Hanna, Stephen P., and Vincent J. Del Casino Jr. Minneapolis, MN: University of Minnesota Press, 2003 219p., $18.95, softcover. ISBN: 0816639566.
Stephen P. Hanna and Vincent J. Del Casino Jr.'s Mapping Tourism is a highly recommendable collection of seven studies conducted in an emerging field that has come to be known as "new" or "critical" cartography. Critical cartographers urge a profound revision of traditional cartography as taught in academic Geography. Unfortunately, if one follows the editors' view, this field, like so many fellow disciplines rooted in the 19th century heydays of academic positivism, has proven rather hesitant to change and resistant to recent critical challenges. Hanna and Del Casino further criticize that tourism maps, in their function as cultural representations and semiotic agents, have been neglected even by critical cartography and tourism scholars. Their volume as a whole, therefore, is designed to examine "how these representations work to construct and reproduce the spaces and identities that inform our histories and heritage, our environmental perceptions, our urban and rural landscapes, our languages and political actions, and our racial, sexual, gendered, and ethnic identities." (xi)
Accordingly, the essays share a common theoretical framework to some extent, yet they re-address and re-map those basic theoretical assumptions pertinent for their methodological approach. This shows a high degree of self-reflexivity I sometimes miss in similar collections, which often tend to take these assumptions for granted or leave it to the editor(s) alone to make the theoretical framework clear.
As a consequence, the volume shows a high degree of theoretical coherence. At the same time the thematic originality and diversity of the seven articles-ranging from mappings of a Californian Ghost Town (Dydia DeLyser) to New Berlin construction sites (Karen E. Till) and the mapped future of Québec City (Rob Shields)-make evident the practical applicability of critical cartography as well as the powerful discourses co-produced and reproduced by the maps and mappings of a place. By analyzing certain maps in terms of what is placed at their center and what is marginalized (often literally and figuratively at the same time), the essays make clear that maps not only constitute cultural texts, but invoke multiple historical and spatial referents, as the editors argue in their essay on the politics of representation in Bangkok's sex tourism industry. Hanna and Del Casino create the concept of "map space" as an open and incomplete process in order to take into account the fact that tourism maps are parts of the places to which people travel instead of simple, more or less accurate, representations.
Another common ground shared by the essays presented in Mapping Tourism is their historical perspective, i.e. the historicized context in which the respective "maps-as-texts" are read. Their production context is especially crucial for any cartographical analysis, as it is always informed by historical constructions of identity categories such as race, gender, and class. Mary Curran's brilliant, thought-provoking essay on tensions between class and environmental discourses in a Montana mining town is a good case in point; from my view, she is also one of the few contributors who give appropriate attention to the concept of gendered space.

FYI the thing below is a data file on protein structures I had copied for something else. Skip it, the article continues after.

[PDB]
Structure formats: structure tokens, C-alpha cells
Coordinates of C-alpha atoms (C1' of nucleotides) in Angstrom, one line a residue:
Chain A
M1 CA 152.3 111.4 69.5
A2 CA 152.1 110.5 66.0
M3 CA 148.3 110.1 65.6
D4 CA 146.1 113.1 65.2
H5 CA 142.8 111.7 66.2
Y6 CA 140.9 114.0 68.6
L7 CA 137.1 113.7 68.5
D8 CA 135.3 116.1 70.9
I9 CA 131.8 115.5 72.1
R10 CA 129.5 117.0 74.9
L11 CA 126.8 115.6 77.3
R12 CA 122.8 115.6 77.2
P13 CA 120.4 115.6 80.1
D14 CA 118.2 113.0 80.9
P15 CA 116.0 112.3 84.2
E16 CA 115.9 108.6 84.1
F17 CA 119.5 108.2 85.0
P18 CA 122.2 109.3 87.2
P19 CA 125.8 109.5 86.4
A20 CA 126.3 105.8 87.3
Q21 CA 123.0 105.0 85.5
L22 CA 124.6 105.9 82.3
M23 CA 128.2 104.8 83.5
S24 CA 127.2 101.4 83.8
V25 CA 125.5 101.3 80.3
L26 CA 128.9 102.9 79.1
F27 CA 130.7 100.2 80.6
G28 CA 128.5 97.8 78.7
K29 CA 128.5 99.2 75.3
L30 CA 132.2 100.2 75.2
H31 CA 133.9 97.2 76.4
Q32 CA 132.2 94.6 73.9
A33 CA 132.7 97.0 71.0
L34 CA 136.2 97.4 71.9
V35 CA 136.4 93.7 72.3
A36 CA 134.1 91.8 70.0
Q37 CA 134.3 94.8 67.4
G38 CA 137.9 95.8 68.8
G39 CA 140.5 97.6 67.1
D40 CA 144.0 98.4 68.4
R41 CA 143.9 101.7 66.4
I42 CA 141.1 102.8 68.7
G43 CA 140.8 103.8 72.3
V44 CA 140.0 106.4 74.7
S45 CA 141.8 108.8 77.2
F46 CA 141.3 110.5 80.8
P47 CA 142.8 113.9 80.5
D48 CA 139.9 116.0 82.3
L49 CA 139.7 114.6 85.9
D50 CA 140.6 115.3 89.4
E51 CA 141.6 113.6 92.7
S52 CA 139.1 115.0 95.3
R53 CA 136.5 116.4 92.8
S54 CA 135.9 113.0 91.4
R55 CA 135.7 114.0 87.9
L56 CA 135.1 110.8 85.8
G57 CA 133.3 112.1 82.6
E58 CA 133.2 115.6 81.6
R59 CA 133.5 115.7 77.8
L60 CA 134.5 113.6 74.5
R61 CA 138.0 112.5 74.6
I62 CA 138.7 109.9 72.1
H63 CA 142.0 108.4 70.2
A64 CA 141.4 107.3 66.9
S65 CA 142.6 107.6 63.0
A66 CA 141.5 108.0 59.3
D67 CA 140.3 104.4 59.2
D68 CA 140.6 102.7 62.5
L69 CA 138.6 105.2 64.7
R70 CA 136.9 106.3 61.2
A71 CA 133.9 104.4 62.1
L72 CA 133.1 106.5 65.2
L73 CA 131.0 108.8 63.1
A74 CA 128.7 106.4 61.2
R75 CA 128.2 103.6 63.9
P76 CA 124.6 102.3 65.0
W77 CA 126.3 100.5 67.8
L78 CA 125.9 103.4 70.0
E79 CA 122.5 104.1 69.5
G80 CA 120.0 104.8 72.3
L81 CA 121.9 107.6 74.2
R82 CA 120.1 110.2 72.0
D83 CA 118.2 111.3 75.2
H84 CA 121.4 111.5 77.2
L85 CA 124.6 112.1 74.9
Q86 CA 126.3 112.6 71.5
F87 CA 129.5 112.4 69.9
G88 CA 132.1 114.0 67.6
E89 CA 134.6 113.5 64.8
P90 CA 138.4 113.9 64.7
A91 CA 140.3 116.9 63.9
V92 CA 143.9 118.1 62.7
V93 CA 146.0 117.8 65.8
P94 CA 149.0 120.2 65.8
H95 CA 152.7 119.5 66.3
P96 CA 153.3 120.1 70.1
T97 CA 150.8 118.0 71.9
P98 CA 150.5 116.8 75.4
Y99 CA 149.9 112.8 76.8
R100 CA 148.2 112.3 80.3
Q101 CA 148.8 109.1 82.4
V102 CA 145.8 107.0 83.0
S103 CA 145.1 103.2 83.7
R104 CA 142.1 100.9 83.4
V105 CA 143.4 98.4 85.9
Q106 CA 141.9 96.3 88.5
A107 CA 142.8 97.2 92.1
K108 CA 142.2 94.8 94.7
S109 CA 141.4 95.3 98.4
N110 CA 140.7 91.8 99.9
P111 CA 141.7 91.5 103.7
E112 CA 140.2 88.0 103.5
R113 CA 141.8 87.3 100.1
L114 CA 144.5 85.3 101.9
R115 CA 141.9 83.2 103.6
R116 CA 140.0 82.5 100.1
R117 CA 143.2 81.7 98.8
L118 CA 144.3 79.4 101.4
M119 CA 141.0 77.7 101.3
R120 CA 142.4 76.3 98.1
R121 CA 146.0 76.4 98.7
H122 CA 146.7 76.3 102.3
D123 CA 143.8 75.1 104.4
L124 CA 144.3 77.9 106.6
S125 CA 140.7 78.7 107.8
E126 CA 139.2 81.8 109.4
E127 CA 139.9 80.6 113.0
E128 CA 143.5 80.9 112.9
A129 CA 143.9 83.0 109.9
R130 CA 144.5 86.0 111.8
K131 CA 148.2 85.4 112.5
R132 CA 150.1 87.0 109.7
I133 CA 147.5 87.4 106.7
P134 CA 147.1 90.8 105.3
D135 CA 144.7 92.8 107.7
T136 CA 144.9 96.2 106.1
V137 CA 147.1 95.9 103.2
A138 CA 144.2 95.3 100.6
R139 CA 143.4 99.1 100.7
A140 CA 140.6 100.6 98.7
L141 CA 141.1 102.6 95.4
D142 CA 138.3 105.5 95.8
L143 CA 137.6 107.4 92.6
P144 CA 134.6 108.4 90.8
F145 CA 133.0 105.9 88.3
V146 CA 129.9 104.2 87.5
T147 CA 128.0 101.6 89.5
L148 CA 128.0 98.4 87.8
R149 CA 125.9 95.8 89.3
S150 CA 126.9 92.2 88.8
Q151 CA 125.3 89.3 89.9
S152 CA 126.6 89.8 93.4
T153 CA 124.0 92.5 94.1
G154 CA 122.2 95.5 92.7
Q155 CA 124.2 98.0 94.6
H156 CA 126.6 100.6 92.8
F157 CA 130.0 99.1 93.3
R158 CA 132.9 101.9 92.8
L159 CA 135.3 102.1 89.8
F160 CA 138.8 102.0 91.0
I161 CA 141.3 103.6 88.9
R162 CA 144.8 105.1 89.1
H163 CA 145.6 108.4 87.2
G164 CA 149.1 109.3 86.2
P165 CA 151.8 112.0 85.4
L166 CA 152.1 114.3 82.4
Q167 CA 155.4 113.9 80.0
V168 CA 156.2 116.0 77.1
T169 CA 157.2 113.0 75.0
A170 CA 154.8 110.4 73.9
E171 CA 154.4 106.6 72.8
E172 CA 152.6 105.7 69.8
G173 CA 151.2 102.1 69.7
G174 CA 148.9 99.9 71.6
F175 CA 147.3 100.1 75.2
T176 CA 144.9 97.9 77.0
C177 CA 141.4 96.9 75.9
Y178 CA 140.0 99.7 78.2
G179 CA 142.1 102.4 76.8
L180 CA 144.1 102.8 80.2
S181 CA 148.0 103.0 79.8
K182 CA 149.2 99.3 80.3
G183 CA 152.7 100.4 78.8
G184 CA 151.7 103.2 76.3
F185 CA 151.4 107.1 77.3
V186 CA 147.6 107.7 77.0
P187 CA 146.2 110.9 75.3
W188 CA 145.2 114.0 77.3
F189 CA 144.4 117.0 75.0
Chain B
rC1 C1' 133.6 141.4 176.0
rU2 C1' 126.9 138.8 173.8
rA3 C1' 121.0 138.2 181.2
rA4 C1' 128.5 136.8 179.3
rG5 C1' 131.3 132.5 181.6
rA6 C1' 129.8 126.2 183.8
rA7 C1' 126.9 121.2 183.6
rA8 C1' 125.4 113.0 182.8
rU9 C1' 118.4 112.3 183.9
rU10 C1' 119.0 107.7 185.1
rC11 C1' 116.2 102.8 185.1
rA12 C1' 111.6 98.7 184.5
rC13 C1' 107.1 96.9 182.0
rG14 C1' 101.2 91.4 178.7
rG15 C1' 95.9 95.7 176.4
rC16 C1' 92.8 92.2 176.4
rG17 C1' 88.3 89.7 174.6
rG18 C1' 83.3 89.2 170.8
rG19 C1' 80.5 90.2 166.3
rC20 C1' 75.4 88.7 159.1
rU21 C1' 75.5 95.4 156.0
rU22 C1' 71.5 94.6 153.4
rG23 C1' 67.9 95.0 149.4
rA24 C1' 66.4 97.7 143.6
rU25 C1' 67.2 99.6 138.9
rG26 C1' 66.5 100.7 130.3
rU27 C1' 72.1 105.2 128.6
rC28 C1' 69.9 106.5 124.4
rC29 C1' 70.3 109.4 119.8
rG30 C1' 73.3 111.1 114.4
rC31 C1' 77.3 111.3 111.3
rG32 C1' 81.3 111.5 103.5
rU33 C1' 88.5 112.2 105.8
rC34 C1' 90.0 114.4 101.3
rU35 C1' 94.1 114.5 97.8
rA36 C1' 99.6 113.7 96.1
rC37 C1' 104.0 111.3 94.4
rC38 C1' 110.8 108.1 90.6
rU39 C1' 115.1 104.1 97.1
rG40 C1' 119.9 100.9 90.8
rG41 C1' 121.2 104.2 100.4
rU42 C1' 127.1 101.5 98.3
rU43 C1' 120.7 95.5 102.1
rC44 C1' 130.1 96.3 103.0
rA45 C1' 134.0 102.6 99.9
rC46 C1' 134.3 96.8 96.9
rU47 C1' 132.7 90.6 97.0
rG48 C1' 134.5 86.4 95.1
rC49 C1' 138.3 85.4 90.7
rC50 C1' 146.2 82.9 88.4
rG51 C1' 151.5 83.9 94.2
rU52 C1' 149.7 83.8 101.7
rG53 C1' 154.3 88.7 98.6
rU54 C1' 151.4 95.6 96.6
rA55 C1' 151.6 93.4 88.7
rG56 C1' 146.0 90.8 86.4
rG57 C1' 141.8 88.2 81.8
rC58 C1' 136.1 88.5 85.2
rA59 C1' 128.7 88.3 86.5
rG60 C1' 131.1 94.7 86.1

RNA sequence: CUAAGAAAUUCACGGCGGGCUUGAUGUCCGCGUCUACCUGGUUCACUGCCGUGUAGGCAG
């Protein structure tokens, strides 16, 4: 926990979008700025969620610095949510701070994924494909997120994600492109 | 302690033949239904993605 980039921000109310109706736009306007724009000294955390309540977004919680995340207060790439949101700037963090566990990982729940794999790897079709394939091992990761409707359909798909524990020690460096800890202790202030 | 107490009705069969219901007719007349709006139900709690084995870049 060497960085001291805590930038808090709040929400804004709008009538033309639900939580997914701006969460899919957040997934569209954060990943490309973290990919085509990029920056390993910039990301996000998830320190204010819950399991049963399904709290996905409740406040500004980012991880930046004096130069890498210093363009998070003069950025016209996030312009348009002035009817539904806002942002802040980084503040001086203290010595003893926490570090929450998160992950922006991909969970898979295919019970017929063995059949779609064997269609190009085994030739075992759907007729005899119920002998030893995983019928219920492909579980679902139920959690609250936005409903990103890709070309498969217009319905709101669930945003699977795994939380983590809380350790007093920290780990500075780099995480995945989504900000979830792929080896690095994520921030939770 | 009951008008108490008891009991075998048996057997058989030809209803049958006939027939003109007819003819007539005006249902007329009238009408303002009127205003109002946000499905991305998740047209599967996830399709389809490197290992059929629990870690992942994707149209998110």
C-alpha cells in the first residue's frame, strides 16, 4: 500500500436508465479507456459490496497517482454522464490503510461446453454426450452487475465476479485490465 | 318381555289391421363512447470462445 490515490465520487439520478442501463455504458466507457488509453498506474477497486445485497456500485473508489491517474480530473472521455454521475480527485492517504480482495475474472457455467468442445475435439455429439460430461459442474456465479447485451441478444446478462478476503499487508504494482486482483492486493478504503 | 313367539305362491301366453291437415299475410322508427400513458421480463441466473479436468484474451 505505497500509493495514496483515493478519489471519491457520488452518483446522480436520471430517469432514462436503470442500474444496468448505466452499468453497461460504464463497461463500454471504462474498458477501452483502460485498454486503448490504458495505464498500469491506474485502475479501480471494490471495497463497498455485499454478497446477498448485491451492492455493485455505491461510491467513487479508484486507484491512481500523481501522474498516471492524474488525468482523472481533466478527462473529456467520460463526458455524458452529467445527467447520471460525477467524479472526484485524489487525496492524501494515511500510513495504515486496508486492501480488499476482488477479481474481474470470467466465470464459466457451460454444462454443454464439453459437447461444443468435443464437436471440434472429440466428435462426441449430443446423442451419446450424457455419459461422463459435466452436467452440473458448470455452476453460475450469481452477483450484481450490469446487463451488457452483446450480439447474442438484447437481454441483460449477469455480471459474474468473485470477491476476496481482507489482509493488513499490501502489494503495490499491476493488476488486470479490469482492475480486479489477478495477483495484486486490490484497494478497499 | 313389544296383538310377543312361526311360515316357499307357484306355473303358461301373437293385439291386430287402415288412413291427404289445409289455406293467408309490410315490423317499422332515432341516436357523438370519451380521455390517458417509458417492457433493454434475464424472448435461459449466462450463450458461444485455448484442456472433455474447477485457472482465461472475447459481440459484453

The interrelations of historicity and collective memory are addressed especially in Owen J. Dwyer's analysis of Alabama's Civil Rights Journey, a publication by the Alabama Bureau of Tourism and Travel, as well as in John R. Gold and Margaret Gold's article on the representations of the battlefield in Culloden, Scotland. These essays make clear that the representation of a locale via the tourist map is embedded in a very specific cultural context, and consequently subject to change. Thus, place itself can be seen as a (historical) process rather than a fixed geographical entity.
The collection is illustrated with black-and-white images of maps and icons, and/or photographs of the places they analyze, which are essential for the reader's understanding of the arguments presented. Collected at the end of the book, the volume's bibliography is vast and covers many recent publications of relevance across various disciplines (though I miss Johnathan Culler's influential essay on "The Semiotics of Tourism" [1 ]). A biographical section as well as an index is added at the end of the book.
All in all, readers from various disciplines will find Mapping Tourism a useful methodological guide for a fresh approach to maps and tourist brochures. The book presents critical and insightful analyses of these powerful representations of place, and shows that maps can be read as spaces informed by as well as informing political agendas.
[1 ] Culler, Johnathan. "The Semiotics of Tourism." Framing the Sign. Criticism and Its Institutions. Oxford: Blackwell, 1988. 153-167. Culler views of tourism as a practice of semiotic agency rather than dismissing the tourist as a passive consumer of commodified places. [^]